|Easy to Train||Medium|
|Intelligence||Low to Medium|
|Prey Drive||Low to Medium|
|Tendency to Chew, Nip & Play-bite||High|
|Tendency to Bark or Howl||High|
Blue Merle English Bulldog Exercise Needs
Blue Merle English Bulldogs can do well with moderate exercise like walking. They also love to swim in shallow water, but they shouldn’t be allowed in deep water. Pools with water more than elbow depth and stairs can be dangerous for them.
Exercise Needs Overview
|Energy Level||Low to Medium|
|Playfulness||Medium to High|
Blue Merle English Bulldog Grooming
Blue Merle English Bulldogs need minimal grooming, including brushing their coat twice or thrice a week. During the shedding season, brush every day and use a rubber curry brush. The skin in the face will be wrinkled, which can trap moisture or food particles leading to infection. Wiping their face with peroxide and moisturizing will avoid potential skin conditions. Other grooming includes teeth brushing, cleaning their ears, and nail trimming.
|Amount of Shedding||Medium|
|Tendency to Drool||High|
|Tendency to Snore||High|
|Easy to Groom||High|
Blue Merle English Bulldog Health
The rare gene mutation makes Blue Merle English Bulldog susceptible to many more health conditions, including the ones that can affect classic Bulldogs. As a result, they have poor health, which is one of the reasons to avoid breeding Merle English Bulldogs.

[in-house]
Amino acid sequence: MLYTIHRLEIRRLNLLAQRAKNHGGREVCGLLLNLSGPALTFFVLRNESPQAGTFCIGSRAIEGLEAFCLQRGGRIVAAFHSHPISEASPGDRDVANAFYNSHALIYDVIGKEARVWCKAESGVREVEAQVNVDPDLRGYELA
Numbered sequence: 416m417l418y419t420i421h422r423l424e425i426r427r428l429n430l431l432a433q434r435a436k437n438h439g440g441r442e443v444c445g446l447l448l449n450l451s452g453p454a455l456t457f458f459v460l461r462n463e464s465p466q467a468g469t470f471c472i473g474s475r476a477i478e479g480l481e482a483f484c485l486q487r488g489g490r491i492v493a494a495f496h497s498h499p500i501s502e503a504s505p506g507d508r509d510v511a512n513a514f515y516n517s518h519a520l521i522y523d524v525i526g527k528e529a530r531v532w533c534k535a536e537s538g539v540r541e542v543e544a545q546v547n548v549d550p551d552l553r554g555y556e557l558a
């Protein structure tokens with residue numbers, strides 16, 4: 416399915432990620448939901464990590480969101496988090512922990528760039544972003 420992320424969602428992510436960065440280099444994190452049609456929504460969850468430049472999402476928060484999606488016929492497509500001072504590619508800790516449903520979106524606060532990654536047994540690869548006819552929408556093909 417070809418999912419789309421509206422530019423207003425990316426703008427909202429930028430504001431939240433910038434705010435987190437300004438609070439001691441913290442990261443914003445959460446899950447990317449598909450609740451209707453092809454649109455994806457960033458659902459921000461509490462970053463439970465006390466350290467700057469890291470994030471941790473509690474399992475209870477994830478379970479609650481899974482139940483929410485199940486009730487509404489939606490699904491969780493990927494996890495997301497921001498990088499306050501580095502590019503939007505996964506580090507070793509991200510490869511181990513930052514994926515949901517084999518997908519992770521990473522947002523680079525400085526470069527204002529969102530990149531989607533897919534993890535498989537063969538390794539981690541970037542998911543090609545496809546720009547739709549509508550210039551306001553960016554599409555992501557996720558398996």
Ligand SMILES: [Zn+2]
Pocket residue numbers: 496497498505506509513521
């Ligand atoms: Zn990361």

|Weight Gain Possibilities||High|
Microphthalmia: It is a defect in fetal formation resulting in small eyes and blindness which can’t be cured.
Anophthalmia: Anophthalmia is a birth defect where the puppy is born with one eye or without eyes.
Proptosis: In proptosis, the eyeballs will be displaced from the eye socket resulting in the eyelids trapped behind the eye, which can be cured through surgery.
Deafness: Deafness is the lack of hearing ability which is more common in pigmented dogs. As it can also be hereditary, breeders should avoid breeding dogs with hearing disabilities.
Brachycephalic Syndrome: This condition is prevalent in dogs with short muzzles. Their nostrils will be narrowed, and the airways will be blocked, ranging from difficulty in breathing to noisy or total obstruction in breathing.
Entropion: The condition in which the eyelids are inward and rub against the eye causing eye irritation is entropion. The affected dog might need surgery to correct the eyelash.
Glaucoma: Glaucoma is an eye condition that can affect both dogs and people and requires medical attention. Symptoms such as pain, squinting, watery eyes, and redness can indicate glaucoma which can lead to blindness. Regular health tests can help in identifying and curing glaucoma at an early stage.
Cherry Eye: The gland under the eyelid will protrude, looking like a cherry. This condition might need surgery to remove the infected gland.
Dry Eye: Dry eye is a painful condition caused due to the insufficient production of tears by the tear glands. The affected eye might appear dry or have a blue haze. Treatments include medication or teardrops.
Hip Dysplasia: This is a genetically inherited condition caused by a defect in the joints of the hip bones. Injuries can also lead to hip dysplasia, and this condition can be painful. There are treatments to cure this, but the dog might get arthritis or lameness if the condition worsens.